So it sounds like you’re involved with business and technical strategy just as much as the science.

Effectively, yes. Over the last year or two, we’ve evolved to using a private industry-based model for biopharmaceutical development, using a formalized R&D strategic plan and R&D implementation plan-driven governance approach. Essentially, we have prioritized enterprise-level mission objectives and gaps that need to be met and specifically addressed. This process requires coordination and communication to bridge R&D strategy in portfolio operations and R&D implementation with the research executing units and capability areas. This defined and coordinated approach helps set our organizational priorities, planning and setting expectations for the next few years.

How has COVID-19 affected your work and your team?

Fortunately, it hasn’t greatly affected our productivity or the type of work that the Ripple Effect team does. When the pandemic broke out in March, MIDRP made an effective decision that dedicated staff would be involved in those efforts, but the Ripple staff would largely be sheltered from working on COVID-related efforts as it was important to keep portfolio operations management and progress of current programs and products moving forward effectively. So, our focus and behavior didn’t change, but what did change was working from home. That was an adjustment for everyone— but we all adjusted quickly and effectively.

What’s the biggest COVID-related challenge you’ve faced with your team? What adjustments have you had to make?

For me, I probably work more—in terms of hours and time—at home than in the office. That’s because I don’t have travel time, and that’s more efficient in some ways. We all had to learn to adjust our ways of communication, such as setting up daily syncs, bi-weekly Microsoft Teams calls, and other types of check-ins. We’ve settled into a nice rhythm at this point and my highly competent team has not missed beat.

Has COVID changed your communications and management approaches with your client?

It’s changed the way we communicate and interact. Pre-COVID, you could convey some information easily by a quick comment or response in person. The post-COVID workplace has meant an adjustment. With many staff working from home, we have regular sync calls and teleconferences with our client (and with each other), to raise any high-level issues and items to take care of, as well as more detailed status updates, as appropriate. This has worked well and kept things aligned and on track.

Let’s pivot away from the work and talk about leadership. You’re in a leadership role, and you’ve been at the head of both scientific and business environments. How would you describe your leadership style?

Professionalism, respect, and courtesy. I treat people with each of those, and I would expect that from all the staff, as well. Also, show you care. I think these elements are essential for an effective, productive, and harmonious workplace environment. On decision-making, I like to have consensus, but sometimes that isn’t possible. In those cases, it’s best to get as much information, facts, and opinions as possible, review all the options and potential outcomes, which will enable a decision to be made that’s hopefully the right one, and one that’s justified. Overall, leadership is a blend of consensus, democracy, and autocracy—sometimes you really need buy-in, and other times you have the make the call yourself. But most of all, follow-through. You want to be reliable, and I’ve always prided myself on my ability to keep promises I make and get the job done well.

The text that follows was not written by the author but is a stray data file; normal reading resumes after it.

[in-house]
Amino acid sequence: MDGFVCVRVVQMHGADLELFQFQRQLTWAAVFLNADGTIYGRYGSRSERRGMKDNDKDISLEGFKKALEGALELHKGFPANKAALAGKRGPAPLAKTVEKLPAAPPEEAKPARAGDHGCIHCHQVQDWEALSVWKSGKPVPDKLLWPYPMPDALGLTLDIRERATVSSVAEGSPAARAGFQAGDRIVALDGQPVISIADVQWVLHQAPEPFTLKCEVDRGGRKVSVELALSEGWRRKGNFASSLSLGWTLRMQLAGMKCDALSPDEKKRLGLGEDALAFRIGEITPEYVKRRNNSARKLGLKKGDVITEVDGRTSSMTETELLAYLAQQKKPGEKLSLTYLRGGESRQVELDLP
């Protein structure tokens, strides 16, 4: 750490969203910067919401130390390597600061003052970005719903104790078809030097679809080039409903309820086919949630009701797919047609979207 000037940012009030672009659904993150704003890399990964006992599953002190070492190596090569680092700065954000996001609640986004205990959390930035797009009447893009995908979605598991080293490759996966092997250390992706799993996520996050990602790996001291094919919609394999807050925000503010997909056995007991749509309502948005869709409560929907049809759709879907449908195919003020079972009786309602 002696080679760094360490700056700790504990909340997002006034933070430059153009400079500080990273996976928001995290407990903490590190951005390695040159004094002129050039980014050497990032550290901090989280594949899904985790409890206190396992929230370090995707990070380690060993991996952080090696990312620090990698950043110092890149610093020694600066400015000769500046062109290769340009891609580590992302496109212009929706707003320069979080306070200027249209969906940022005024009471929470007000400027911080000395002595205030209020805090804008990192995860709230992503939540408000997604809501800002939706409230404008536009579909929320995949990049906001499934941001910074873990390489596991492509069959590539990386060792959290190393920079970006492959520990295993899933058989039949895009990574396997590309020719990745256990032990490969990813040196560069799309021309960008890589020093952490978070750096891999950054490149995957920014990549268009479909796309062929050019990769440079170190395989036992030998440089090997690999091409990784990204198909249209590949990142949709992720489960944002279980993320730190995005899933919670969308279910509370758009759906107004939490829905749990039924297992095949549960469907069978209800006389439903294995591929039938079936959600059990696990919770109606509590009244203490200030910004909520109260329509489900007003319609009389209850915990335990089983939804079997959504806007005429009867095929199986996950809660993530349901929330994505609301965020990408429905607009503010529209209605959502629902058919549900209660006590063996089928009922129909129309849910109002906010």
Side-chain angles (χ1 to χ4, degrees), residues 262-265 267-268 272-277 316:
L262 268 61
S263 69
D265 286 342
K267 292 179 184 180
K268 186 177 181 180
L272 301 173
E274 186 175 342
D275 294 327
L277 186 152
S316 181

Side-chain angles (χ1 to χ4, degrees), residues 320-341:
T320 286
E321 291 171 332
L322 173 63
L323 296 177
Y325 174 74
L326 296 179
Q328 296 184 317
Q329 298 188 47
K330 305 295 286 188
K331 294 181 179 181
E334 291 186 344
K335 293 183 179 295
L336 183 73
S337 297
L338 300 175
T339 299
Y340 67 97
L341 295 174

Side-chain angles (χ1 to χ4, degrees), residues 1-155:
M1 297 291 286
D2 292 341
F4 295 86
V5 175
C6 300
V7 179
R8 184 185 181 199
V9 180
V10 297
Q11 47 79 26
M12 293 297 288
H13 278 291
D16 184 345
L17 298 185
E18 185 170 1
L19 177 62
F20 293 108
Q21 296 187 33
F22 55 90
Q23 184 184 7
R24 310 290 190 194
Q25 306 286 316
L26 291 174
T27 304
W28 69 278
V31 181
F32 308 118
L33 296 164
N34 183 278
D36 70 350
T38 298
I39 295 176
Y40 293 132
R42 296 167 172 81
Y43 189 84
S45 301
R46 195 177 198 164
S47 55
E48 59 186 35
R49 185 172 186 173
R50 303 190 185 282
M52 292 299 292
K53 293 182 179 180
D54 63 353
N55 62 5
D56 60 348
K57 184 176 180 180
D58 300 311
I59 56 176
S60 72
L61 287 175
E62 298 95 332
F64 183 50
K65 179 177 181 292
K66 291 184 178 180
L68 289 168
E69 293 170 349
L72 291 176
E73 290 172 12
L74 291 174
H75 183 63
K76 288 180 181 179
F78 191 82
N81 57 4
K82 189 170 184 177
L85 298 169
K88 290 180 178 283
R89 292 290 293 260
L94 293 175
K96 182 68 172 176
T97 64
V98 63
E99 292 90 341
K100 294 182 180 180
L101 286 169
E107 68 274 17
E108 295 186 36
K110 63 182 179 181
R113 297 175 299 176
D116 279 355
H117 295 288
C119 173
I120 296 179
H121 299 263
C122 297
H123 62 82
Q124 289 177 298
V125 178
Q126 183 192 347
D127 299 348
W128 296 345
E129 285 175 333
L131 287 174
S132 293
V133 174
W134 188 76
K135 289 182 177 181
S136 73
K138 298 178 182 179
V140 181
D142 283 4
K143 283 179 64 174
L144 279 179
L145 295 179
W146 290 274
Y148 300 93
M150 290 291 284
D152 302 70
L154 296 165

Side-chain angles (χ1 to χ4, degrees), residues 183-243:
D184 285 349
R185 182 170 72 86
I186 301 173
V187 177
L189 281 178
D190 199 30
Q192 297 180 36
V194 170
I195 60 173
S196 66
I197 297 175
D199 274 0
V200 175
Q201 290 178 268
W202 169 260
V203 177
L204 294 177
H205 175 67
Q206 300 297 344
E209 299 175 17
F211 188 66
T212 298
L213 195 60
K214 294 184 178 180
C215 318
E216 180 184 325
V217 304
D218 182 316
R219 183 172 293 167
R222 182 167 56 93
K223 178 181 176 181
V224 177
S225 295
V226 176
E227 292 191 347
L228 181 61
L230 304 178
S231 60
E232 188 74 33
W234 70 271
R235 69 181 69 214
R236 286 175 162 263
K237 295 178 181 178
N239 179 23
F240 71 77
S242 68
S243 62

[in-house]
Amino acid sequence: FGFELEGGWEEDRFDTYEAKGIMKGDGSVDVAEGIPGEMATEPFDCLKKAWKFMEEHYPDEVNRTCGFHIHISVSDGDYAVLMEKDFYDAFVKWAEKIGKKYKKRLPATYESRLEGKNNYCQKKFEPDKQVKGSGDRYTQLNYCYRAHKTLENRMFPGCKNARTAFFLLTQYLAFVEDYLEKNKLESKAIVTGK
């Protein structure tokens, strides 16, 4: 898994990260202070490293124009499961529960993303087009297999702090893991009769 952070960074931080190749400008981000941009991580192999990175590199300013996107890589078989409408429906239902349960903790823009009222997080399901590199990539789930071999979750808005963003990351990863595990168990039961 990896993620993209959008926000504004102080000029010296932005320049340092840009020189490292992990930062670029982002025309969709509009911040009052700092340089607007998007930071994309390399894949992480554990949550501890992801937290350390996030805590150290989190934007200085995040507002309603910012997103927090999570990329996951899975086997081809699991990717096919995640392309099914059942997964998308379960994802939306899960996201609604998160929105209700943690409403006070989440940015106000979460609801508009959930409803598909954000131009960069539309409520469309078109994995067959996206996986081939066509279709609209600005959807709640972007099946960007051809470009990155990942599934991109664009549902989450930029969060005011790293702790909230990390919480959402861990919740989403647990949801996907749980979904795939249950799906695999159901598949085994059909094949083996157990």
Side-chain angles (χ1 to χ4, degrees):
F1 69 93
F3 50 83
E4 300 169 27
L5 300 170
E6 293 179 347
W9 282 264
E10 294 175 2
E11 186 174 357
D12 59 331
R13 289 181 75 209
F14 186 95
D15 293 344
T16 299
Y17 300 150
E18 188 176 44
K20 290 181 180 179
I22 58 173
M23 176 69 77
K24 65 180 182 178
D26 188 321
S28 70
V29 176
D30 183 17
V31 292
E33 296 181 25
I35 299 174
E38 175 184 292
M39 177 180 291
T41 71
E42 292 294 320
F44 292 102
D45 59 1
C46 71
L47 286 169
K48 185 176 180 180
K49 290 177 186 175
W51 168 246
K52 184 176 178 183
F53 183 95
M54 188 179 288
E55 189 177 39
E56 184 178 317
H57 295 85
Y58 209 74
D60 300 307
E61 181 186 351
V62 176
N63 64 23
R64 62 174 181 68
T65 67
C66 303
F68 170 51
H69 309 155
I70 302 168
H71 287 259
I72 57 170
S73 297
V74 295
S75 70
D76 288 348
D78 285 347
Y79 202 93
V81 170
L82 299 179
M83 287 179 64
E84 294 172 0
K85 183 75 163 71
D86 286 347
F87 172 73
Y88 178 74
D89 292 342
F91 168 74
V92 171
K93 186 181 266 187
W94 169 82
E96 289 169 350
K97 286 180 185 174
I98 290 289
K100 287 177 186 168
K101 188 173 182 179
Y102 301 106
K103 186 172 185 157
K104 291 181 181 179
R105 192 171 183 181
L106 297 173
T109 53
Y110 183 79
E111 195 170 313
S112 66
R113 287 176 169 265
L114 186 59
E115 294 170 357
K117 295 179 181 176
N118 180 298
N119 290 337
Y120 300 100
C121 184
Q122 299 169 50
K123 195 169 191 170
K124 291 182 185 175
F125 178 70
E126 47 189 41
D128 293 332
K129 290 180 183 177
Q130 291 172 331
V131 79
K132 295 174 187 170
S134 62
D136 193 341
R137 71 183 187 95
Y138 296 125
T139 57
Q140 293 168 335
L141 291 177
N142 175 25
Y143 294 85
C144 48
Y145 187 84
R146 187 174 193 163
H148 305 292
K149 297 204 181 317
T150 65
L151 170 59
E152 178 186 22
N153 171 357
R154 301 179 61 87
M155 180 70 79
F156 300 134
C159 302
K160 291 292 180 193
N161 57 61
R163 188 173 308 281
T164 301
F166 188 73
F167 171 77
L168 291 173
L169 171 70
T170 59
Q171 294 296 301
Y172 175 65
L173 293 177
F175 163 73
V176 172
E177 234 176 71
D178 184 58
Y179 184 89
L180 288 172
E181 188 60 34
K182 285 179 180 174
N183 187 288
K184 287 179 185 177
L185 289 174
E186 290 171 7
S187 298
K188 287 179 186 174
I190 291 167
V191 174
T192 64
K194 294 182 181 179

How have you built your leadership skills over the years? How did your experiences shape you into the person you are today?

It’s been a culmination, and it never ends. It’s a journey. It’s living and learning, knowing how to adjust and improve yourself so that when you’re put in a situation, you know how to speak, how to interact, and how to deal with various scenarios. Success, as well as setbacks, hang-ups, mistakes—they all build character and boost confidence and build experience to make you better person and leader.

Different cultures, different organizational structures, and various situations give you experience. Starting my biotech company taught me about personal leadership and strategic business alliances, SAIC, Battelle, and the University of Maryland taught me about leadership and operations within bigger companies, and MIDRP has taught me about military operations management and leadership.

Any specific event or experience that has stuck with you, and that you still draw lessons from?

I took a week-long leadership course in New York City at the Dale Carnegie Institute. I learned that you can’t do everything yourself, and there’s a very real art of delegating appropriate work to the right people at the right time. I learned that appropriate planning is the initial key factor for success and that breaking down a large task into key achievable chunks is effective. Communication is also key to success and effective leadership. We have to tailor our communication styles—our tone, as well as the content of our speech—to different audiences based on where and when you are.

Do you have a mentor? Someone who’s influenced or encouraged your career?

Not one person in particular, but my first professor at University [Sydney] was a very smart, inquisitive scientist. I learned the value of experimentation and how to think critically and took that through to my post-doc work and beyond.

That’s great. Thanks for taking the time to share your story with us, David. Leave us with a final quote, or piece of advice.

You watch, you live, and you learn.